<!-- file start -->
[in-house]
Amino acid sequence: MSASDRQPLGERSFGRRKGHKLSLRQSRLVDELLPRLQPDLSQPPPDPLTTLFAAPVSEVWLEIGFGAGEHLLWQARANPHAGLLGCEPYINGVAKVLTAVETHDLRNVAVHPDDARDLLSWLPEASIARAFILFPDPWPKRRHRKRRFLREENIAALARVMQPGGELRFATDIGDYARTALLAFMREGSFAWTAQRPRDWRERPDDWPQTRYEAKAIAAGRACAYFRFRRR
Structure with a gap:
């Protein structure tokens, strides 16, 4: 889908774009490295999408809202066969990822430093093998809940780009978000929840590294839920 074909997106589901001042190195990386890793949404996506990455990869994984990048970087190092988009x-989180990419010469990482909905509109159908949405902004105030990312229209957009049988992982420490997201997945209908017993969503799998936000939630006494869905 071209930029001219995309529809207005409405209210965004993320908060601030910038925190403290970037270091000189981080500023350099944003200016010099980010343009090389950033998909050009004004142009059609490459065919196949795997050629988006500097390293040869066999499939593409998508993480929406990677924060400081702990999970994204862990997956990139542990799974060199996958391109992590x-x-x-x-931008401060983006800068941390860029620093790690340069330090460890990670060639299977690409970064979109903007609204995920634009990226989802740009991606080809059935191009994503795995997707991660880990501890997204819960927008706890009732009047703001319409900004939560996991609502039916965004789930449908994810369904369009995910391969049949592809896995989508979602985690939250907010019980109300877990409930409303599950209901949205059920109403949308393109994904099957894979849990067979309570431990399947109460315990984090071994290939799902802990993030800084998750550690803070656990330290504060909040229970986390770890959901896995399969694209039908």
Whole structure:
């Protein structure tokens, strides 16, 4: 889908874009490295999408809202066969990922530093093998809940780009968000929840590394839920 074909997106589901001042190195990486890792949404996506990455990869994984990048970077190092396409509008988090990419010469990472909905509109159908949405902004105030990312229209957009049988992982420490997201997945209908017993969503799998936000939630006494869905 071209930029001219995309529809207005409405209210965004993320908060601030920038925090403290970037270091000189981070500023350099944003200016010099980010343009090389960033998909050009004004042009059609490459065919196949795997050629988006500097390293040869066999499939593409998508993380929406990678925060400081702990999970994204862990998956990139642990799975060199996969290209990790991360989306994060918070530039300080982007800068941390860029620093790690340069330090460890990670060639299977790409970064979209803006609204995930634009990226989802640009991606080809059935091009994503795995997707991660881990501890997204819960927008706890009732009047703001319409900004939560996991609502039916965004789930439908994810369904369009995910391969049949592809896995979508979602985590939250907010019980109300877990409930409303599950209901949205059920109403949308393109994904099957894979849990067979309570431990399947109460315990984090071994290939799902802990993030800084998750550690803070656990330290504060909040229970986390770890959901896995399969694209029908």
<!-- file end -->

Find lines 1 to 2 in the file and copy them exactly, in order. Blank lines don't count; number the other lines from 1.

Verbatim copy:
[in-house]
Amino acid sequence: MSASDRQPLGERSFGRRKGHKLSLRQSRLVDELLPRLQPDLSQPPPDPLTTLFAAPVSEVWLEIGFGAGEHLLWQARANPHAGLLGCEPYINGVAKVLTAVETHDLRNVAVHPDDARDLLSWLPEASIARAFILFPDPWPKRRHRKRRFLREENIAALARVMQPGGELRFATDIGDYARTALLAFMREGSFAWTAQRPRDWRERPDDWPQTRYEAKAIAAGRACAYFRFRRR